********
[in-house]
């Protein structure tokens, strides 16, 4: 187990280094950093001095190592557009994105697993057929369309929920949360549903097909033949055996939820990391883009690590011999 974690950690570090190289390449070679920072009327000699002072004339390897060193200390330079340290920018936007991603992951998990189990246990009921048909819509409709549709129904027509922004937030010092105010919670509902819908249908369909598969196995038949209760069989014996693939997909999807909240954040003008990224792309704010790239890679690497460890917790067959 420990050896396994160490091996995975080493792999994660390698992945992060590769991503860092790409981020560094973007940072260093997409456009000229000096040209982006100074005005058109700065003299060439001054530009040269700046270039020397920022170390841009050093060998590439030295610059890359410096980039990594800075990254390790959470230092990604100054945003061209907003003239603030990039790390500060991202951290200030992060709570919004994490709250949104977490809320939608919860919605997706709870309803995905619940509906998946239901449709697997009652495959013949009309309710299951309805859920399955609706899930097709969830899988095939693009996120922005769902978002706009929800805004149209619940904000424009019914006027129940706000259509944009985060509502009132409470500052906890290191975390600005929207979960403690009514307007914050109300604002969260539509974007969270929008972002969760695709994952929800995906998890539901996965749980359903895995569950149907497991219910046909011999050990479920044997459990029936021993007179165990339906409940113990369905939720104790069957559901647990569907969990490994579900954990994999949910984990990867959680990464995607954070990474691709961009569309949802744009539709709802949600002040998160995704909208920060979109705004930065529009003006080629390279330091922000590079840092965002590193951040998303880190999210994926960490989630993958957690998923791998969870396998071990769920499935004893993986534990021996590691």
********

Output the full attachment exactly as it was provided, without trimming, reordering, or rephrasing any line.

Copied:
[in-house]
């Protein structure tokens, strides 16, 4: 187990280094950093001095190592557009994105697993057929369309929920949360549903097909033949055996939820990391883009690590011999 974690950690570090190289390449070679920072009327000699002072004339390897060193200390330079340290920018936007991603992951998990189990246990009921048909819509409709549709129904027509922004937030010092105010919670509902819908249908369909598969196995038949209760069989014996693939997909999807909240954040003008990224792309704010790239890679690497460890917790067959 420990050896396994160490091996995975080493792999994660390698992945992060590769991503860092790409981020560094973007940072260093997409456009000229000096040209982006100074005005058109700065003299060439001054530009040269700046270039020397920022170390841009050093060998590439030295610059890359410096980039990594800075990254390790959470230092990604100054945003061209907003003239603030990039790390500060991202951290200030992060709570919004994490709250949104977490809320939608919860919605997706709870309803995905619940509906998946239901449709697997009652495959013949009309309710299951309805859920399955609706899930097709969830899988095939693009996120922005769902978002706009929800805004149209619940904000424009019914006027129940706000259509944009985060509502009132409470500052906890290191975390600005929207979960403690009514307007914050109300604002969260539509974007969270929008972002969760695709994952929800995906998890539901996965749980359903895995569950149907497991219910046909011999050990479920044997459990029936021993007179165990339906409940113990369905939720104790069957559901647990569907969990490994579900954990994999949910984990990867959680990464995607954070990474691709961009569309949802744009539709709802949600002040998160995704909208920060979109705004930065529009003006080629390279330091922000590079840092965002590193951040998303880190999210994926960490989630993958957690998923791998969870396998071990769920499935004893993986534990021996590691």